For more than five hours on Monday, Felicia Rangel-Samponaro was working blindly, unable to communicate with the asylum seekers she helps along the US-Mexico border.
Ms Rangel-Samponaro, who runs the Sidewalk School for migrant children on the Mexican side of the frontier, relies heavily on WhatsApp as she spends her days shuffling between some of the most dangerous cities in Mexico, meeting teachers and asylum seekers.
But when Facebook's blackout began, she was unable to co-ordinate with staff and clients.
“I didn’t realise how dependent I was on WhatsApp to communicate with everyone in Mexico,” Ms Rangel-Samponaro told The National.
“I had no way to ask them to wait for me ... we essentially just showed up everywhere hoping people were available to meet us."
Ms Rangel-Samponaro said she had tried calling people and sending text messages, but “asylum seekers only use WhatsApp".
Experiences such as this have shone a light on the deep dependency millions of people around the globe have on WhatsApp, Facebook and Instagram to communicate, run businesses and provide services.
About 2 billion people around the world use WhatsApp.
More than 14,000 kilometres away in the Tanzanian bush, the Pams Foundation, an anti-poaching group, was in the middle of an intelligence-led operation when the failure occurred.
The organisation had to resort to traditional mobile networks and other encrypted messaging apps for those who already had them installed on their phones.
Shifting communications was a “challenge”, foundation president Krissie Clark said.
In Arusha, the safari capital of East Africa, a hotel owner told The National that he lost several clients yesterday when they were unable to reserve a room through WhatsApp and consequently booked elsewhere.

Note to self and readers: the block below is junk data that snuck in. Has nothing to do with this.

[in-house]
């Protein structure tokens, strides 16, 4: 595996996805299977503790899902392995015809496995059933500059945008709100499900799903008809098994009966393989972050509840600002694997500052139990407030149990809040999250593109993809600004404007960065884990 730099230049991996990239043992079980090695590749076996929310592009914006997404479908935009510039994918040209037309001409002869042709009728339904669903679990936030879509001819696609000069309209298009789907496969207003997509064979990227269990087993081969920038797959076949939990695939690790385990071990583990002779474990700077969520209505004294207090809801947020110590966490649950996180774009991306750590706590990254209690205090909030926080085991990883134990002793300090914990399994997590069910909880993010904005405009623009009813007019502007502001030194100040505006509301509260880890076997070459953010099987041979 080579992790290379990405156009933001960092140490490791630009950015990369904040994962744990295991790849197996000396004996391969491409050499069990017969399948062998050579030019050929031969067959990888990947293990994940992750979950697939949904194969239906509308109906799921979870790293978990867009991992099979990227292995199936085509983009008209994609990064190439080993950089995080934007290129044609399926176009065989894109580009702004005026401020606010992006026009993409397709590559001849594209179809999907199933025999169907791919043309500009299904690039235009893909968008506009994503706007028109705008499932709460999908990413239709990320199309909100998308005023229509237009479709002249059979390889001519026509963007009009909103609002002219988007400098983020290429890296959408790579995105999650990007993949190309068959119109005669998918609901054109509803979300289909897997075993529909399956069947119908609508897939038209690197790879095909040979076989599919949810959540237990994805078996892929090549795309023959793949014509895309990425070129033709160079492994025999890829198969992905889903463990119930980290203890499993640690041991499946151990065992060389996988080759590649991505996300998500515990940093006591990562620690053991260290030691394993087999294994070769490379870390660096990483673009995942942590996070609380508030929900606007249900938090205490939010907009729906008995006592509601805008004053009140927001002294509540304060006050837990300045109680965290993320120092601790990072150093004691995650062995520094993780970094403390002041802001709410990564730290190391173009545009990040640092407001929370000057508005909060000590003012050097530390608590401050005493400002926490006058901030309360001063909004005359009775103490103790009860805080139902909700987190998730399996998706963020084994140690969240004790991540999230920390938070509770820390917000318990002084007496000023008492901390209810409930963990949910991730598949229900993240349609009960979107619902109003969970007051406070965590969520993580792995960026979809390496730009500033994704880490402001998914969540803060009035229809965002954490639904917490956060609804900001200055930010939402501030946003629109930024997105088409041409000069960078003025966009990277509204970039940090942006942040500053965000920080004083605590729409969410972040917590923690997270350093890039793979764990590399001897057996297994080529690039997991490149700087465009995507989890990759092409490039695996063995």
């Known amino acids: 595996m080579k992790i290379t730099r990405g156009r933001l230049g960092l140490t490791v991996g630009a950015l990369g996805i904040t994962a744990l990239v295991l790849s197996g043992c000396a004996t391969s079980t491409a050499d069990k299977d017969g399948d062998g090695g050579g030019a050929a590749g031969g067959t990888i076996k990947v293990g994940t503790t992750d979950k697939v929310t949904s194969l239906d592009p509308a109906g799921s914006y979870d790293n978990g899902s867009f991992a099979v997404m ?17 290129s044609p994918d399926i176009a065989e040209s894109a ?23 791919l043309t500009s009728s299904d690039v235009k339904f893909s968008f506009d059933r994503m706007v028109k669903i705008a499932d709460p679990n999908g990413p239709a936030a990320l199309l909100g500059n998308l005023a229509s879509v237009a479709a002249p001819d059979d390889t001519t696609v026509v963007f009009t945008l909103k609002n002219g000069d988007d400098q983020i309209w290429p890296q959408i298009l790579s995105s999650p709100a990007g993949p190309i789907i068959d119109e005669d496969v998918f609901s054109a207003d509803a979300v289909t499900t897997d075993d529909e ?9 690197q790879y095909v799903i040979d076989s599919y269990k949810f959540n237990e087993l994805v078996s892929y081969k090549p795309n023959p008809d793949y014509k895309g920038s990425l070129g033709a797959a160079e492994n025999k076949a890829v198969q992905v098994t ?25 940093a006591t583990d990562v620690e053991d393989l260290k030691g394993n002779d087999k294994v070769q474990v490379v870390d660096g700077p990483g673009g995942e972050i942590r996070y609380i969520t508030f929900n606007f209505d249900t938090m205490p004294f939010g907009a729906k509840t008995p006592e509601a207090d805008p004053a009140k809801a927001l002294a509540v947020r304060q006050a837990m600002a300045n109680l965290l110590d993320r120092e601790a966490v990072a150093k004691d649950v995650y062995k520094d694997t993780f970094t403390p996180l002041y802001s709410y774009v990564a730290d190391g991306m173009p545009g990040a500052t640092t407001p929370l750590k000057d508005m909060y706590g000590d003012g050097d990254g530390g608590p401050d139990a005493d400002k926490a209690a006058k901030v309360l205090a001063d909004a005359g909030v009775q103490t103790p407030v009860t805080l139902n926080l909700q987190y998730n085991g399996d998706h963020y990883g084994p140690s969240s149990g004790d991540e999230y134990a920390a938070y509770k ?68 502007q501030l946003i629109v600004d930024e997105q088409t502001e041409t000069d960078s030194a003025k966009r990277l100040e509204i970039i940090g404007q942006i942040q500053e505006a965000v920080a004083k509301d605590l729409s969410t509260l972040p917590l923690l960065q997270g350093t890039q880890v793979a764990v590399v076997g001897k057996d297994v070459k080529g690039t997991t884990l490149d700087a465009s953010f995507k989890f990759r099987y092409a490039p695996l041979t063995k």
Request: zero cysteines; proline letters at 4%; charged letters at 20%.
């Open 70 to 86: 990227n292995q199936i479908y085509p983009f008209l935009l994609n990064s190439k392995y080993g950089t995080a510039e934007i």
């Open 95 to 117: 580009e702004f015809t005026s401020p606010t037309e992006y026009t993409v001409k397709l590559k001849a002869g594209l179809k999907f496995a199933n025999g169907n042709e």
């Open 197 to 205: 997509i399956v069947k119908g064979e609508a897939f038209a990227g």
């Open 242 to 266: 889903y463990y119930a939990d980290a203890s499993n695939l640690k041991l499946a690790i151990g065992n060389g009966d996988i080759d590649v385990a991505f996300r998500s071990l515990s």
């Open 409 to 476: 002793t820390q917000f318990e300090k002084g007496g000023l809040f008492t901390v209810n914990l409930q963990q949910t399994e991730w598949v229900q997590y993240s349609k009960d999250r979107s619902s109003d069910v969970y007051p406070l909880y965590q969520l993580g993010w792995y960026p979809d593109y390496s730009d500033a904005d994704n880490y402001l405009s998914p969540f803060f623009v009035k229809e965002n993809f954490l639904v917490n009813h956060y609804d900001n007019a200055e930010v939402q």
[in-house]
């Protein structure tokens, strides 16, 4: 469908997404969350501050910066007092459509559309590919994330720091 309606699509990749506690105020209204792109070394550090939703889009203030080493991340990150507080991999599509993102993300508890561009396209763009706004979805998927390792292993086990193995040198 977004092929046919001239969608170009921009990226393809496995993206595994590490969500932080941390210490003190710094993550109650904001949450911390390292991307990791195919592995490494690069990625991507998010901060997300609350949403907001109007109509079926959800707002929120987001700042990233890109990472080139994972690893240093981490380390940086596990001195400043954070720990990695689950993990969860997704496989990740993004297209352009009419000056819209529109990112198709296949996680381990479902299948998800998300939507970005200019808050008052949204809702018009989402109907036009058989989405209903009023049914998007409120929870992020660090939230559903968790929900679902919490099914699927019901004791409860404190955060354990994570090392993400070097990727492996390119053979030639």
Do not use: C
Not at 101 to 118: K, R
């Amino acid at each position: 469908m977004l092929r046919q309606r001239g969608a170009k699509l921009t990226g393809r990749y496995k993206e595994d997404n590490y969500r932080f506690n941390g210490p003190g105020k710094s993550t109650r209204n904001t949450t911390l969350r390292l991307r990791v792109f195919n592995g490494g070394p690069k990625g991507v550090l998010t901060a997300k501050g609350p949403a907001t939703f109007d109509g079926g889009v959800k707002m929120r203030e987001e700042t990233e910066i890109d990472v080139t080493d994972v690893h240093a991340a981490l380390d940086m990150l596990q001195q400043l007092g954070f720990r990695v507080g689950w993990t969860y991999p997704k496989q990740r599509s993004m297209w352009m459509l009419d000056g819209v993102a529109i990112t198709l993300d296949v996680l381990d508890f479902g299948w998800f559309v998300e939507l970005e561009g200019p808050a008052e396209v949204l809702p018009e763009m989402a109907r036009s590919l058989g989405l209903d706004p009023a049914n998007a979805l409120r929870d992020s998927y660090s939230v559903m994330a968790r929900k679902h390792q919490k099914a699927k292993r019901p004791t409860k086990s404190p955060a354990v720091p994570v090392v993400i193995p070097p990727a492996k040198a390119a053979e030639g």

"I couldn't continue to chat anymore after WhatsApp went down," he said.
Messaging app Telegram gained more than 70 million new users during Monday's Facebook cut, its founder Pavel Durov said on Tuesday.
Facebook also experienced widespread failures with its apps in March and July this year and was down for almost an entire day in 2019.
EU antitrust chief Margrethe Vestager said the failure showed the repercussions of relying on a few big players and underscored the need for more rivals.
It coincided with revelations from a former employee who turned whistle-blower, who accused Facebook of repeatedly giving priority to profit over clamping down on hate speech and misinformation.
Frances Haugen, a Harvard University-educated data scientist who worked on Facebook’s civic integrity team, testified before a US subcommittee on Tuesday about how the social media organisation operates with no effective oversight.
“Facebook has not earned our right to just have blind trust in them,” Ms Haugen told the Senate panel.
She said the organisation would not change its ways without a “call to action from Congress".
Senator Richard Blumenthal, who chaired the hearing, said: “Facebook and Big Tech are facing a Big Tobacco moment, a moment of reckoning.”
On Twitter, Congresswoman Alexandria Ocasio-Cortez said it was time to “break them up".
While Facebook was down on Monday, the internet was not.
Andrew Sullivan, chief executive of the Internet Society, a non-profit devoted to keeping the internet a place for good, said that despite Facebook’s problems, “the rest of the internet went on its merry way yesterday, because it's designed for that kind of resiliency".
Mr Sullivan said the strongest version of the internet was one with many different systems on it.
Facebook said Ms Haugen had worked at the company for less than two years and had not been privy to executive decision making.
"We don't agree with her characterisation of the many issues she testified about," the company said. "Despite all this, we agree on one thing: it's time to begin to create standard rules for the internet.
"It's been 25 years since the rules for the internet have been updated, and instead of expecting the industry to make societal decisions that belong to the legislators, it is time for Congress to act."